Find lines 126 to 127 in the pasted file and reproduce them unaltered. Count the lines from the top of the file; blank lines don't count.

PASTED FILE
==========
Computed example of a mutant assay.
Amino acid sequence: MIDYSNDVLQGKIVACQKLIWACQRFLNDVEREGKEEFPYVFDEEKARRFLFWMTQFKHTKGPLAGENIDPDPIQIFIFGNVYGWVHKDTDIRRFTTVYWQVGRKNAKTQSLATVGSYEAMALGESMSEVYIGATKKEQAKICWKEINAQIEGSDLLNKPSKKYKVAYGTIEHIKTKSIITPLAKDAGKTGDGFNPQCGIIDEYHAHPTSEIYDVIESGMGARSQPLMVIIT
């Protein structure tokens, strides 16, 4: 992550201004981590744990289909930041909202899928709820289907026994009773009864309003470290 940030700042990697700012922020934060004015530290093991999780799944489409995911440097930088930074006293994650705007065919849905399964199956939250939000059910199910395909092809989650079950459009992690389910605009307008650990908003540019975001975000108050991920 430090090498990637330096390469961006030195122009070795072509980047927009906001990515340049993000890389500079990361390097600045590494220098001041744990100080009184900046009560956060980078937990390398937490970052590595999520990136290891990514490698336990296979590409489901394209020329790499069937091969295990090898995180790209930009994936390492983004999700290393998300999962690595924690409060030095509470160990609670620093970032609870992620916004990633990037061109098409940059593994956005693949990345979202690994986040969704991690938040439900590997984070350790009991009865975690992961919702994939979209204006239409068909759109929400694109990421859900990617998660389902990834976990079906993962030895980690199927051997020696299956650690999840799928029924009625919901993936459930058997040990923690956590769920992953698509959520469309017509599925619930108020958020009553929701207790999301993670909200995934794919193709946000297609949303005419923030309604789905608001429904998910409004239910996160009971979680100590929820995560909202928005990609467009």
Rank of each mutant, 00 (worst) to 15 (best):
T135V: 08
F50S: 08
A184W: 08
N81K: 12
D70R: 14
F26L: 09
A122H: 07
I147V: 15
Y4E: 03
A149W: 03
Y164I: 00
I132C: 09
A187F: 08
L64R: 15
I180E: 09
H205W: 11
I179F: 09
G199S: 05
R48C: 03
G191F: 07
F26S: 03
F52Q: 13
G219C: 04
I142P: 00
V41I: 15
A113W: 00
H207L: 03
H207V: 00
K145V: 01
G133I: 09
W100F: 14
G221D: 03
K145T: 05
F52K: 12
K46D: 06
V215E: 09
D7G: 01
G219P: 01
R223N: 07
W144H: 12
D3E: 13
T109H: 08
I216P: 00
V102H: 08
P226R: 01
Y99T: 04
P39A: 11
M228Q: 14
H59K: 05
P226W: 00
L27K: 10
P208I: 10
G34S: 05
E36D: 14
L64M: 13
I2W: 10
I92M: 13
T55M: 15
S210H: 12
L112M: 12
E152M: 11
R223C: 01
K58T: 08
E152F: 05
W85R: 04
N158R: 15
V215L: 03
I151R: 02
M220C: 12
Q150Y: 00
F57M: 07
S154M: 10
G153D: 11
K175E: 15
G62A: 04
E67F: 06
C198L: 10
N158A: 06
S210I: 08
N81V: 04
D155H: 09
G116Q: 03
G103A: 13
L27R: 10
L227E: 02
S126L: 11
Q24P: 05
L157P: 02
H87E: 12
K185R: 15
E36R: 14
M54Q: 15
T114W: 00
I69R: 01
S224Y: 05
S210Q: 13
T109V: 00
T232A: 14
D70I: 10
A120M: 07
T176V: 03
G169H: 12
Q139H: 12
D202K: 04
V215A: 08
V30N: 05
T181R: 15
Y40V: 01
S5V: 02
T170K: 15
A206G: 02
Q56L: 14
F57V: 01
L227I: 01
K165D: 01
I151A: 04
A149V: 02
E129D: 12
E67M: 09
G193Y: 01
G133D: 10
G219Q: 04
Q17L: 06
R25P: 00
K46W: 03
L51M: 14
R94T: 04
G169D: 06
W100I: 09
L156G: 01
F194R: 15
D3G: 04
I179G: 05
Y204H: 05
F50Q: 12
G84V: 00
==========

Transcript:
G219Q: 04
Q17L: 06